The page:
During a recent visit to the Anderson Horticultural Library at the Minnesota Landscape Arboretum, the librarian was kind enough to show me their collection of Hough’s American Woods. The pages you see pictured do not contain photographs – they’re actually three pieces of veneer for each species, along with a description and information contained in the booklets.
They are in incredible condition considering the age (see below), and the library has one of the few complete collections in existence.
I wasn’t familiar with this collection, but fortunately Tim Knight responded to my inquiry (within an hour, no less…) with the following information.
[Romeyn Beck] Hough is well known in forestry circles, not by this volume, but from his Handbook of Trees of the Northern United States and Canada which was used by many universities to teach dendrology.
His series Hough’s American Woods was actually a series of portfolios covering differing regions. For example, the first four volumes (I-IV) covered woods of the north Atlantic coast, and volume V covered North Florida. He didn’t revisit southern Florida until volume XIII. These portfolios were issued to subscribers, and few complete sets were purchased for two reasons: 1) It took him from 1888 to 1913 to publish them all, so not many subscribers hung in there throughout, and 2) most subscribers only purchased those of particular interest to them since foresters in the North Atlantic states had little interest in California species. Hence the reason so few complete sets exist. In addition, most sets contain volumes from differing years as he published on different years and he reissued past volumes on the same year he was issuing new first editions. Incomplete sets have sold for varying amounts and usually average greater than $1,000 to $5,000 per volume. Appraisals have ranged from $30,000 and up for complete sets. I saw one complete set in North Carolina State University’s rare book collection, and I think the New York Public Library also owns one. BTW, he was self-published and charged $5.oo per volume!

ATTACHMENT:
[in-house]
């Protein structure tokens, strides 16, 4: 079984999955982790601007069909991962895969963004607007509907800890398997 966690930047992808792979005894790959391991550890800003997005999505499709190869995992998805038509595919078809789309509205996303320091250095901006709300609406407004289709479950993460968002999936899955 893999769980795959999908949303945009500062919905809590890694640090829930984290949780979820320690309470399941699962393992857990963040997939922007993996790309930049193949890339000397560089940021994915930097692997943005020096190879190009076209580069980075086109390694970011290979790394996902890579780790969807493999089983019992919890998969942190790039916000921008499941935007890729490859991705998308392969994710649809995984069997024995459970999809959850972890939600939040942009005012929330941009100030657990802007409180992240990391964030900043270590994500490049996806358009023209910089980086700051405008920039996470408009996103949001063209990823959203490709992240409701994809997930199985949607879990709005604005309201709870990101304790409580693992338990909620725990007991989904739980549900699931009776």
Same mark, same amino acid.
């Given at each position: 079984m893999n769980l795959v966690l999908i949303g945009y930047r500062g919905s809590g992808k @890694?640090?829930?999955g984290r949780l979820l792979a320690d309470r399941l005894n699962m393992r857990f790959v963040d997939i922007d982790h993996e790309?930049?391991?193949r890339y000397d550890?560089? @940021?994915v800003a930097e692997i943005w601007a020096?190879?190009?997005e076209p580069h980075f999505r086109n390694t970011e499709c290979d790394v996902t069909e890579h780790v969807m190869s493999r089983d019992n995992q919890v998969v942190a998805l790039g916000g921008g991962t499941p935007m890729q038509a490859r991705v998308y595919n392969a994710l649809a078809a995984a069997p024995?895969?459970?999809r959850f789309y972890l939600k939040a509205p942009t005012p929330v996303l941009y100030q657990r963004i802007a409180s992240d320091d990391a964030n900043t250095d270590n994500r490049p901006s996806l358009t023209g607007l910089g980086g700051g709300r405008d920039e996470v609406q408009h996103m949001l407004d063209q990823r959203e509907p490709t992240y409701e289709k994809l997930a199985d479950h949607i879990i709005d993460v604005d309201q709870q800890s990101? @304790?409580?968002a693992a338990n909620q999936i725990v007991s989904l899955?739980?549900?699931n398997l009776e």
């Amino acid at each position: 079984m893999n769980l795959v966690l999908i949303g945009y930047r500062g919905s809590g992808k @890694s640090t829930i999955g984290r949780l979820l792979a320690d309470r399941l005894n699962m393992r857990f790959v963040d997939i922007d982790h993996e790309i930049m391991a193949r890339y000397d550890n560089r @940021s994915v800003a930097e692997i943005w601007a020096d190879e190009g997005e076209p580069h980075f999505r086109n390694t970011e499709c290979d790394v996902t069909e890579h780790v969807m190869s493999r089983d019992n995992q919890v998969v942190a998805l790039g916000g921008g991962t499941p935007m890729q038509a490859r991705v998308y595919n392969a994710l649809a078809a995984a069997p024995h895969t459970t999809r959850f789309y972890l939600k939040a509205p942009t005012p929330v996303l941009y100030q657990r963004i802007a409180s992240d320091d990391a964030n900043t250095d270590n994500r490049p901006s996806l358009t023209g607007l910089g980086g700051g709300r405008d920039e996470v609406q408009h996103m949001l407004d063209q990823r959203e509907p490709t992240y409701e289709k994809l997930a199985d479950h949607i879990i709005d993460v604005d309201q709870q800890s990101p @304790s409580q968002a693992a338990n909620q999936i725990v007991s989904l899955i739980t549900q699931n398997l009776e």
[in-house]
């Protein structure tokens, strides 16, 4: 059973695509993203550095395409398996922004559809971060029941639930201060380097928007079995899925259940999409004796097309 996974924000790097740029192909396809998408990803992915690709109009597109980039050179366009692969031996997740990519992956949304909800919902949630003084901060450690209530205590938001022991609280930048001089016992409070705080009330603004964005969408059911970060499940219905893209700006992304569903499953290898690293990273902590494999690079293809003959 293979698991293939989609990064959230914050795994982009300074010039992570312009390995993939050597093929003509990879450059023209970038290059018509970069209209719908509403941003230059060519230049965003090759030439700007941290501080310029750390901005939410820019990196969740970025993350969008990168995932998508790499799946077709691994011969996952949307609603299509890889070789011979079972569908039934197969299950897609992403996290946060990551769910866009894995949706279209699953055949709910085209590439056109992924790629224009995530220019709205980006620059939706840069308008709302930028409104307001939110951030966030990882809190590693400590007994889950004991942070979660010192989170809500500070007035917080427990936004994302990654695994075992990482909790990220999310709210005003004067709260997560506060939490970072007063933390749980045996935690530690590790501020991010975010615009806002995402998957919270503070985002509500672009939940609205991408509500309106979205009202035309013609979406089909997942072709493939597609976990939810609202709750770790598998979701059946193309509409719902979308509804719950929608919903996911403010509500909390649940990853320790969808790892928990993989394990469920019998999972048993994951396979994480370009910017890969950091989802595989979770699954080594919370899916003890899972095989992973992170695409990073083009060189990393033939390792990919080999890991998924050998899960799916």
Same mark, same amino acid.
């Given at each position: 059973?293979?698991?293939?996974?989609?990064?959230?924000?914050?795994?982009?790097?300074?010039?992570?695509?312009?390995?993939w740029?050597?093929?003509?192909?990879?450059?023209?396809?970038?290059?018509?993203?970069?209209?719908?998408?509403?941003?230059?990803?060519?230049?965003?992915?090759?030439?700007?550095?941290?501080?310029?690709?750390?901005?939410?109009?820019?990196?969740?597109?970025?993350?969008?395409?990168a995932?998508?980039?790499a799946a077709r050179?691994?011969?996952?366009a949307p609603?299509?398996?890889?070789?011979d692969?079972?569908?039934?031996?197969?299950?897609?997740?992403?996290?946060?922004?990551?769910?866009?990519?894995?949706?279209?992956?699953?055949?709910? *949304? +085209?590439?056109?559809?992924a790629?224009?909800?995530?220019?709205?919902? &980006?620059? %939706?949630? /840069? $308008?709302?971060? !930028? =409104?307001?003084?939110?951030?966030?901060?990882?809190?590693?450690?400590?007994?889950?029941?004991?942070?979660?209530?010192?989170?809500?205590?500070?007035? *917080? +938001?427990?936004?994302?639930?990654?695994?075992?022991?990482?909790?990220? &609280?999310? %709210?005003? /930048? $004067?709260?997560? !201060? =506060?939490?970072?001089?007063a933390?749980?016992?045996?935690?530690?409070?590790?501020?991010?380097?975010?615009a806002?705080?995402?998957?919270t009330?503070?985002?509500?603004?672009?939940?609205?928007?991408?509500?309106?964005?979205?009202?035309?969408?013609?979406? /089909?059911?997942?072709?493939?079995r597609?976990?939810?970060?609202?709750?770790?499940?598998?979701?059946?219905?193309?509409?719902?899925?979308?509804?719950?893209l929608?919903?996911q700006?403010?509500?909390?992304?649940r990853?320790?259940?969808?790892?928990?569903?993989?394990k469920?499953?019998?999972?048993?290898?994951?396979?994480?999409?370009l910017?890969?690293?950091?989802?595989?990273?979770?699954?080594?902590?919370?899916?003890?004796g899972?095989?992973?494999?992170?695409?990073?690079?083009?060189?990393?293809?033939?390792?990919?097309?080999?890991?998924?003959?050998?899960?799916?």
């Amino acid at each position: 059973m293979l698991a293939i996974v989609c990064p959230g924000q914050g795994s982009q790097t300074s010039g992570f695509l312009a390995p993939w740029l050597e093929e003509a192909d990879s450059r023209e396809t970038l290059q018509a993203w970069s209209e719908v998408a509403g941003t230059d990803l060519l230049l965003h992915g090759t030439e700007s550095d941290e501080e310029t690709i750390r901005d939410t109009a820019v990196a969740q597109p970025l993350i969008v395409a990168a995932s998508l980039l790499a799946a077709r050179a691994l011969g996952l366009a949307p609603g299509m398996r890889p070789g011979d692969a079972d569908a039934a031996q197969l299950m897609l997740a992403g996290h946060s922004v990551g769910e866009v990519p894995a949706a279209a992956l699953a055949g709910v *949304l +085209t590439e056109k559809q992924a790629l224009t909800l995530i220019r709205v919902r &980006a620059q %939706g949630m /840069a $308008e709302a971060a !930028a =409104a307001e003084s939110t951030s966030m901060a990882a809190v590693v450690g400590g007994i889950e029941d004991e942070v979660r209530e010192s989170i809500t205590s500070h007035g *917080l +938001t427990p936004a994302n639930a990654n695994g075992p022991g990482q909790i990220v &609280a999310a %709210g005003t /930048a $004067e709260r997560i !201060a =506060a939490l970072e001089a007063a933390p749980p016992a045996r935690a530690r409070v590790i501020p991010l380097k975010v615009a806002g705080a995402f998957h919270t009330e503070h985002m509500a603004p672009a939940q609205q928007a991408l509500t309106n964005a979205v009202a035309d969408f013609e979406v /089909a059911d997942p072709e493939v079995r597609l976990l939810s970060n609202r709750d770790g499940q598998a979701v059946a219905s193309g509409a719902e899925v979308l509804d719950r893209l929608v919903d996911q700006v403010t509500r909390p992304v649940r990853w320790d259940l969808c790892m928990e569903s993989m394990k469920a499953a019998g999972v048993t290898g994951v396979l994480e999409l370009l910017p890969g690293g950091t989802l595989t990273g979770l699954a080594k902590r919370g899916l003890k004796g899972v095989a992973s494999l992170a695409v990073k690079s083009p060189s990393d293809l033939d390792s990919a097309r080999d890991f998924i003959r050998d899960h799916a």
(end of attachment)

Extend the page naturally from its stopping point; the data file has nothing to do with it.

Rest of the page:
You’ll learn more about the purpose of my visit to the Arboretum in the July/August 2012 print issue (and believe me, it was a REALLY good reason), but seeing this collection in person was certainly worth the visit on its own.